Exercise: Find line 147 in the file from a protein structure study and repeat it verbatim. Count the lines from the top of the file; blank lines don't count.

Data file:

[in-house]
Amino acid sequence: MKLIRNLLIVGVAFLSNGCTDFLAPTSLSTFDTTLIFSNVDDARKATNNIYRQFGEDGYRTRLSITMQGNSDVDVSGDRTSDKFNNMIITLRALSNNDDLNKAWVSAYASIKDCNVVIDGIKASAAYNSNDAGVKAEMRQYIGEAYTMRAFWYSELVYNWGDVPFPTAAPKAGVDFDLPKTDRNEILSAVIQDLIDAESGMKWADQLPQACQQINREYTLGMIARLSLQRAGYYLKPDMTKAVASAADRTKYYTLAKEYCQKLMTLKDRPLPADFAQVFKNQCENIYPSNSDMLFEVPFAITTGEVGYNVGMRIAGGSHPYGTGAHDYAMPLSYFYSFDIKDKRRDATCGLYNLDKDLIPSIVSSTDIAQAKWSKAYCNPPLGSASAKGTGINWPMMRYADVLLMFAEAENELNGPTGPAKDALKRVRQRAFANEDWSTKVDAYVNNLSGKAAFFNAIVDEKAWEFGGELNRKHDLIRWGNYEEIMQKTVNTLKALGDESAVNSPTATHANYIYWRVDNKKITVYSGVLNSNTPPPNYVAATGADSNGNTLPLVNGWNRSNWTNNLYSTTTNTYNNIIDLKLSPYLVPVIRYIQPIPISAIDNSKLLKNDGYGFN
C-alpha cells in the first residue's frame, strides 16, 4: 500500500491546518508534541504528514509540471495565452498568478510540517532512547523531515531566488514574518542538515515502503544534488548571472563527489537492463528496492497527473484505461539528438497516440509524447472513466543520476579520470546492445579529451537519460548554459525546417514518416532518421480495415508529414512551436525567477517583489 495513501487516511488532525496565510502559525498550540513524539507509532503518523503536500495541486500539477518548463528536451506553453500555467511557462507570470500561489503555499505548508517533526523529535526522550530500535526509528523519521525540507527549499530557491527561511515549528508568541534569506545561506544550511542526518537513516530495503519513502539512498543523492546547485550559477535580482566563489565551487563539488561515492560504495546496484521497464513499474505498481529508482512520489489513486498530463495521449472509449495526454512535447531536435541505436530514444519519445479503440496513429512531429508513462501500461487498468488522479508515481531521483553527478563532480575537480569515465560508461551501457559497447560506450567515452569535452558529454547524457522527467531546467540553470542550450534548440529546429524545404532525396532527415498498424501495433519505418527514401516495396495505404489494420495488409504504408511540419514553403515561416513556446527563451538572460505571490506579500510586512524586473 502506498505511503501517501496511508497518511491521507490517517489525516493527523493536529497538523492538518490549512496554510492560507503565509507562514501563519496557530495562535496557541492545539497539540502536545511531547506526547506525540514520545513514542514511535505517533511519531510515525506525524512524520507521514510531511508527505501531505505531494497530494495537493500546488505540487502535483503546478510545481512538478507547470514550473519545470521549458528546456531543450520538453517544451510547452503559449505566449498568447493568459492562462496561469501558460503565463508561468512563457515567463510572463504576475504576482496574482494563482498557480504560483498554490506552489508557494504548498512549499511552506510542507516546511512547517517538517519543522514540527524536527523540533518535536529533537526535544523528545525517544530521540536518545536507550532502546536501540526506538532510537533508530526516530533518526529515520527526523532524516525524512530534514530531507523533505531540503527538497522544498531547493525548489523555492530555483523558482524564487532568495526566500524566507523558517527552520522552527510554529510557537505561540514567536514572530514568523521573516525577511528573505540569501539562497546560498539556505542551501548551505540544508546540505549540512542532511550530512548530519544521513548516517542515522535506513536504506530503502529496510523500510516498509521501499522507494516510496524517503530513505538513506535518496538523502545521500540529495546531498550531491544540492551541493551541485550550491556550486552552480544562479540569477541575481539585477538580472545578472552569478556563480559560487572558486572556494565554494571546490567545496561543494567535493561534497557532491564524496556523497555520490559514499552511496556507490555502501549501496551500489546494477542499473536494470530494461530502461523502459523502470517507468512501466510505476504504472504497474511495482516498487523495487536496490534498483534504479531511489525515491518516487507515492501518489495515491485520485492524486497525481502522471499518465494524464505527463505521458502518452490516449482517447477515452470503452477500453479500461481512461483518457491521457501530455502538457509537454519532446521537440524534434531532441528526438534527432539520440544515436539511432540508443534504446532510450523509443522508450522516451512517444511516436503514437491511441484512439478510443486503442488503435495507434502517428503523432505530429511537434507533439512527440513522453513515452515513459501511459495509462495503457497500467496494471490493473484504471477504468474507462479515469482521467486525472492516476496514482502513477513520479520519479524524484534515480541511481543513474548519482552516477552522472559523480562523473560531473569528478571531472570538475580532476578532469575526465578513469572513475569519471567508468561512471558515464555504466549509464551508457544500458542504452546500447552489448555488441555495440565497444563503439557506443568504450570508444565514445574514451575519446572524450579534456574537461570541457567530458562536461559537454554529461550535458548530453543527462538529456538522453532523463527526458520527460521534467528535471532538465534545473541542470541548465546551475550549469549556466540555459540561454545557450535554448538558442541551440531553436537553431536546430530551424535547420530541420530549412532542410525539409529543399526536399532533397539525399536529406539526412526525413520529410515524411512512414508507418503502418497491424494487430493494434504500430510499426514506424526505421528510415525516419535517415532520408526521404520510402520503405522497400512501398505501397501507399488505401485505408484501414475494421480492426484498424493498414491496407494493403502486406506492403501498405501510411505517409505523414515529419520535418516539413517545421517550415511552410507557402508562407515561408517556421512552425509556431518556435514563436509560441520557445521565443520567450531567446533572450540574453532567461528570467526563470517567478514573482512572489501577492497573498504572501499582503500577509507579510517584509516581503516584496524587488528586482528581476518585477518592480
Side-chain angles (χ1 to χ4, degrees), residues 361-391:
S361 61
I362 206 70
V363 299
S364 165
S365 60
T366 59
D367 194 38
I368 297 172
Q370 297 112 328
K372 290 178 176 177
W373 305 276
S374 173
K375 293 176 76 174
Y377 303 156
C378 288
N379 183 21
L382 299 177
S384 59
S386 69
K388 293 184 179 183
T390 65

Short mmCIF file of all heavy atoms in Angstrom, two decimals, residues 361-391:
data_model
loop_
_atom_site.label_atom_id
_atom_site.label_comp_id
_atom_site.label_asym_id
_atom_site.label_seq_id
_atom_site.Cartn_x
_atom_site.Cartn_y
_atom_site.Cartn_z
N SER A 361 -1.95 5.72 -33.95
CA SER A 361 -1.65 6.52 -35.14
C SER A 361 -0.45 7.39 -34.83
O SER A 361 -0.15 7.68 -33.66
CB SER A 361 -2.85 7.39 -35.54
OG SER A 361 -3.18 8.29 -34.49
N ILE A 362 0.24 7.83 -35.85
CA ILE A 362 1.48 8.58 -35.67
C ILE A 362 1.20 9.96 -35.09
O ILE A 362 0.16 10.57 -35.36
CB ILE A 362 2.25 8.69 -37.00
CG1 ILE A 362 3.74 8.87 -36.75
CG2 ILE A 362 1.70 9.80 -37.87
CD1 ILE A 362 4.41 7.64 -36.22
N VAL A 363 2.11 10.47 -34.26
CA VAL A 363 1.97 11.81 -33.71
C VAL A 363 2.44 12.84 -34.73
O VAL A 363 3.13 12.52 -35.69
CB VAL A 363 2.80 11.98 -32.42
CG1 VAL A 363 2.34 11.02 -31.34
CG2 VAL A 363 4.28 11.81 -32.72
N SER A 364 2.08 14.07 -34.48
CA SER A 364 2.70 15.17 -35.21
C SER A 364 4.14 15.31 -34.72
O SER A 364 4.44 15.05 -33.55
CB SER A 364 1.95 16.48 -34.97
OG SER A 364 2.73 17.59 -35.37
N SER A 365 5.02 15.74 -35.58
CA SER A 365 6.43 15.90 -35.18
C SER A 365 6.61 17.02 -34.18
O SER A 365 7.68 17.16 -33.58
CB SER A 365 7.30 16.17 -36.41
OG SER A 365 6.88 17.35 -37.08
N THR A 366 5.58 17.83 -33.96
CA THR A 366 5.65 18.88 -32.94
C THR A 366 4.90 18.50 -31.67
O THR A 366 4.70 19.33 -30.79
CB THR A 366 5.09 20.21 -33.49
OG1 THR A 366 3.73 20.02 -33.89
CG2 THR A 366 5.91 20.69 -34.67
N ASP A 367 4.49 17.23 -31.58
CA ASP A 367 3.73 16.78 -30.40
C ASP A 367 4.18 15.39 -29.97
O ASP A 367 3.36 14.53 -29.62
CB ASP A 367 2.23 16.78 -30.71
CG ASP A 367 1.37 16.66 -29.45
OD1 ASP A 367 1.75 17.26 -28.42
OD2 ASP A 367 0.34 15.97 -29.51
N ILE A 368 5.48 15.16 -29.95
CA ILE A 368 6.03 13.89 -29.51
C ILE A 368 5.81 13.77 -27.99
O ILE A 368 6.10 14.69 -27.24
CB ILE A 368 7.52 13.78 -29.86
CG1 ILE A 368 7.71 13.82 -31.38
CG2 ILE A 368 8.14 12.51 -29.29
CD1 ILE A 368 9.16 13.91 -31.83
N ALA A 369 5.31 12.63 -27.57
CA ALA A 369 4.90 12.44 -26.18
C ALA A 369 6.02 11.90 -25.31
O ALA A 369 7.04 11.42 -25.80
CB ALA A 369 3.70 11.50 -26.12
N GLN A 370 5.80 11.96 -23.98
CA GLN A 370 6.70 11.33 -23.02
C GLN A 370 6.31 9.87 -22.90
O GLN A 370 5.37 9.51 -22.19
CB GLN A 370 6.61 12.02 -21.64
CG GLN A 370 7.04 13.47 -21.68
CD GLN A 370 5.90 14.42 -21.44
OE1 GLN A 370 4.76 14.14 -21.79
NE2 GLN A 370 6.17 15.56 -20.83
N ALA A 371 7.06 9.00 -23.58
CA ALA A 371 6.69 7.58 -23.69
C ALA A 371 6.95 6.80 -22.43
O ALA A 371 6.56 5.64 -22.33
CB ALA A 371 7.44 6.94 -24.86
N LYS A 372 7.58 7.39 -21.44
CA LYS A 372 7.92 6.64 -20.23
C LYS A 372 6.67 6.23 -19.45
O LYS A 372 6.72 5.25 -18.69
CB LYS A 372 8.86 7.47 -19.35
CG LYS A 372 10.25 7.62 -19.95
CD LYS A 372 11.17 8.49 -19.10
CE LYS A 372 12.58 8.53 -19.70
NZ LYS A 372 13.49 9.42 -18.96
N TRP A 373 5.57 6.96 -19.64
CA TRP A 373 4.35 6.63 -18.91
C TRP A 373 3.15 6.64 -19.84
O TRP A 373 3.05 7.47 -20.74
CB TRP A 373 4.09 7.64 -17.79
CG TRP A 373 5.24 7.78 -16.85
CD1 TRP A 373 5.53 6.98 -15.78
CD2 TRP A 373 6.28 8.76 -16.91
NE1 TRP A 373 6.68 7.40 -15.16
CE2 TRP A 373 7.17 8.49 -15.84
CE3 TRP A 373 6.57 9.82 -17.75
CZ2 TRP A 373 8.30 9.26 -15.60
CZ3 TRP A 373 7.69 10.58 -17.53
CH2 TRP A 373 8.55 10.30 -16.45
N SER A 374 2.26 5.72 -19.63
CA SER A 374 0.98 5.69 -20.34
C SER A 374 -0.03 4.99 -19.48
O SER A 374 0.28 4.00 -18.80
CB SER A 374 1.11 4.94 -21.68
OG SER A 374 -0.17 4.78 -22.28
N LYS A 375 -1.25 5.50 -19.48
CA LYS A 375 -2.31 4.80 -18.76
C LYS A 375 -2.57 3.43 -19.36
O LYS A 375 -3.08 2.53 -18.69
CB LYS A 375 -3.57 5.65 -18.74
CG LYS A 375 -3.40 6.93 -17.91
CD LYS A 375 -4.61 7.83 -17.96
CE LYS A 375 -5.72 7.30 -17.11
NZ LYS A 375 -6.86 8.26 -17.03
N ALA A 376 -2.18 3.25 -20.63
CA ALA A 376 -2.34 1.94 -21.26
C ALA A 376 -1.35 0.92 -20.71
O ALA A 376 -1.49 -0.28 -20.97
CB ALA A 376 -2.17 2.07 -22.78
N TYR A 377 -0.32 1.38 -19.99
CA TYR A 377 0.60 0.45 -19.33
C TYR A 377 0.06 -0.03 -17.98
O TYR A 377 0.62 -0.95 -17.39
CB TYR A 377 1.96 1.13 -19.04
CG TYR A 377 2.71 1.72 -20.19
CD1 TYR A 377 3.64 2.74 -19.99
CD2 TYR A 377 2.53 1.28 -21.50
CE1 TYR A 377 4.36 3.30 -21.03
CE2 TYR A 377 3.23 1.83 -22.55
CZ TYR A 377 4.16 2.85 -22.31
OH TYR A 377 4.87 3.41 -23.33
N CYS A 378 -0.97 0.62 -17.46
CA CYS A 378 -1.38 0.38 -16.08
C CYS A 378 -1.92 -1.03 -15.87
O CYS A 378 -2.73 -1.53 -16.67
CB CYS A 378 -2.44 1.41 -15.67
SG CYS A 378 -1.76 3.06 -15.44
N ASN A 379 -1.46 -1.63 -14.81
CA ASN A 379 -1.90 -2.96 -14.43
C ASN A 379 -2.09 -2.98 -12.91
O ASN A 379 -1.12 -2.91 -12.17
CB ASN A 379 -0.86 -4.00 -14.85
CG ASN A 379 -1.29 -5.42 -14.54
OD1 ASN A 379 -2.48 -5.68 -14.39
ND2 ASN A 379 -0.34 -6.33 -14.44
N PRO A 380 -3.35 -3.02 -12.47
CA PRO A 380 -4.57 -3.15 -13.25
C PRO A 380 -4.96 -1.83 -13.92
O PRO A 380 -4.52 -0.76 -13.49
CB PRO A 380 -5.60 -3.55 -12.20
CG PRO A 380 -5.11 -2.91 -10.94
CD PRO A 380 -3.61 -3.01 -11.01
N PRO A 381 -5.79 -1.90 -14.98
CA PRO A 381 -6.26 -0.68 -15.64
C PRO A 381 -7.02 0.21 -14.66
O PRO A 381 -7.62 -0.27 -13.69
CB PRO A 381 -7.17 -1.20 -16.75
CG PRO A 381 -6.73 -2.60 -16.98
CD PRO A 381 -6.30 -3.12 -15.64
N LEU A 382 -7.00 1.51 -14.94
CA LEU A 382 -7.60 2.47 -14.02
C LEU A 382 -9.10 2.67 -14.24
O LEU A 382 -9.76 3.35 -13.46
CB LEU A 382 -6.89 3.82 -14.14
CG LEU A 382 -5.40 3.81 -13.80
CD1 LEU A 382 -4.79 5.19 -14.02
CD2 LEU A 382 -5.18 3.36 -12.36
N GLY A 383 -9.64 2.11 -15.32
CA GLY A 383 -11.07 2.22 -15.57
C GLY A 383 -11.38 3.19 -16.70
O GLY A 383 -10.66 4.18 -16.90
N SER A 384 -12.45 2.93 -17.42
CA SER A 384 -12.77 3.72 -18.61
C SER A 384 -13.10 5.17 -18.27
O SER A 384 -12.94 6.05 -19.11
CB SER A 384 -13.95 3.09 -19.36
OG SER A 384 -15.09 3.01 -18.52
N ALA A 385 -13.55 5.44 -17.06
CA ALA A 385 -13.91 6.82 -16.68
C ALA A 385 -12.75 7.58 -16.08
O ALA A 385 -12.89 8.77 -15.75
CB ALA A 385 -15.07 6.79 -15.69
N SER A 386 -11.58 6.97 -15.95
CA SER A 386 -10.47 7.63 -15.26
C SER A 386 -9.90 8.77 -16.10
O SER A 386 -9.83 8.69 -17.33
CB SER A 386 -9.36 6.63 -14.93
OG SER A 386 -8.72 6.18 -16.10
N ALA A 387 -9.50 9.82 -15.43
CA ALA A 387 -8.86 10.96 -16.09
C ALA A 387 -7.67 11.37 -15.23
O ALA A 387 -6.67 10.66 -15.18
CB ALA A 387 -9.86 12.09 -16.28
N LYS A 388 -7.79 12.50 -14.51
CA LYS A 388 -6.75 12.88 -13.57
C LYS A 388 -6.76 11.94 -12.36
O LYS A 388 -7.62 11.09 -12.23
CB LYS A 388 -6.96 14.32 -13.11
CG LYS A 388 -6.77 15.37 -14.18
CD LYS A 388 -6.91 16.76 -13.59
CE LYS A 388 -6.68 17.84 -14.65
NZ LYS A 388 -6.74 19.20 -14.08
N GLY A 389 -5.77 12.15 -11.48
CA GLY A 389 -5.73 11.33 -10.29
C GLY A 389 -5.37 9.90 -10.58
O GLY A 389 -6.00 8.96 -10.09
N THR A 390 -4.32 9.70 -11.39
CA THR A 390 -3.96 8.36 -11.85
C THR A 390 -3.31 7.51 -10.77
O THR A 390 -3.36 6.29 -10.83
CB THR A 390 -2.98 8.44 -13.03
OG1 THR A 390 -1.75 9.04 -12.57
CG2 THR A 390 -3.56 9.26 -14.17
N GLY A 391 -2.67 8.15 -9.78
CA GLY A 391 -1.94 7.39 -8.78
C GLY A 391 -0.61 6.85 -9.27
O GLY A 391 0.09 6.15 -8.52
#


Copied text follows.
CE LYS A 375 -5.72 7.30 -17.11